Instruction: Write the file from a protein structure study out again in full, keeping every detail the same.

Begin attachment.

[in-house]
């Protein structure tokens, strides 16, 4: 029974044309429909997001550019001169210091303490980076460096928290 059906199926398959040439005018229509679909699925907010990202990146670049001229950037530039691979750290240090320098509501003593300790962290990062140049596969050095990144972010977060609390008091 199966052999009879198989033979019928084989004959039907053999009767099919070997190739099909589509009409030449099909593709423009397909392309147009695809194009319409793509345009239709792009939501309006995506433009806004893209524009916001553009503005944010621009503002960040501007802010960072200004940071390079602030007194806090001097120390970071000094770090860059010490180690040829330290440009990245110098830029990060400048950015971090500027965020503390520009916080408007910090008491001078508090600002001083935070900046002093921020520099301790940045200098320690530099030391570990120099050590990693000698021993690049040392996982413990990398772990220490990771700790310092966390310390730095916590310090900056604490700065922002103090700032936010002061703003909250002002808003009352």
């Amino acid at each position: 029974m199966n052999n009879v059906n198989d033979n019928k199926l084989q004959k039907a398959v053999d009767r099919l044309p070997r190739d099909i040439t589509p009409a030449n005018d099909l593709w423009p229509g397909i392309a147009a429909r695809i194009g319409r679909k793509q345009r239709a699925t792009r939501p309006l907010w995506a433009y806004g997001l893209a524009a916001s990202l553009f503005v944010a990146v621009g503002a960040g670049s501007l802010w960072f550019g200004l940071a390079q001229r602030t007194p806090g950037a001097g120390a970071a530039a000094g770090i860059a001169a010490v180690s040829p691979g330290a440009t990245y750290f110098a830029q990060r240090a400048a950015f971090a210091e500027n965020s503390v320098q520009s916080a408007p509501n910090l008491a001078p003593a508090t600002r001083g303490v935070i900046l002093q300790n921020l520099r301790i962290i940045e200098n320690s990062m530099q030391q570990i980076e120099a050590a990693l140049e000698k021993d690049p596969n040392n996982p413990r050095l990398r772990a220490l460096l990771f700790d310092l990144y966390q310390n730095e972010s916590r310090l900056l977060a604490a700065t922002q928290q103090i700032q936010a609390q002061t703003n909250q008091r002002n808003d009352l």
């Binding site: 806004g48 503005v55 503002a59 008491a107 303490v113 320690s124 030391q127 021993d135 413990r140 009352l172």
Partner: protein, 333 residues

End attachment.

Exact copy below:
[in-house]
């Protein structure tokens, strides 16, 4: 029974044309429909997001550019001169210091303490980076460096928290 059906199926398959040439005018229509679909699925907010990202990146670049001229950037530039691979750290240090320098509501003593300790962290990062140049596969050095990144972010977060609390008091 199966052999009879198989033979019928084989004959039907053999009767099919070997190739099909589509009409030449099909593709423009397909392309147009695809194009319409793509345009239709792009939501309006995506433009806004893209524009916001553009503005944010621009503002960040501007802010960072200004940071390079602030007194806090001097120390970071000094770090860059010490180690040829330290440009990245110098830029990060400048950015971090500027965020503390520009916080408007910090008491001078508090600002001083935070900046002093921020520099301790940045200098320690530099030391570990120099050590990693000698021993690049040392996982413990990398772990220490990771700790310092966390310390730095916590310090900056604490700065922002103090700032936010002061703003909250002002808003009352």
């Amino acid at each position: 029974m199966n052999n009879v059906n198989d033979n019928k199926l084989q004959k039907a398959v053999d009767r099919l044309p070997r190739d099909i040439t589509p009409a030449n005018d099909l593709w423009p229509g397909i392309a147009a429909r695809i194009g319409r679909k793509q345009r239709a699925t792009r939501p309006l907010w995506a433009y806004g997001l893209a524009a916001s990202l553009f503005v944010a990146v621009g503002a960040g670049s501007l802010w960072f550019g200004l940071a390079q001229r602030t007194p806090g950037a001097g120390a970071a530039a000094g770090i860059a001169a010490v180690s040829p691979g330290a440009t990245y750290f110098a830029q990060r240090a400048a950015f971090a210091e500027n965020s503390v320098q520009s916080a408007p509501n910090l008491a001078p003593a508090t600002r001083g303490v935070i900046l002093q300790n921020l520099r301790i962290i940045e200098n320690s990062m530099q030391q570990i980076e120099a050590a990693l140049e000698k021993d690049p596969n040392n996982p413990r050095l990398r772990a220490l460096l990771f700790d310092l990144y966390q310390n730095e972010s916590r310090l900056l977060a604490a700065t922002q928290q103090i700032q936010a609390q002061t703003n909250q008091r002002n808003d009352l």
């Binding site: 806004g48 503005v55 503002a59 008491a107 303490v113 320690s124 030391q127 021993d135 413990r140 009352l172």
Partner: protein, 333 residues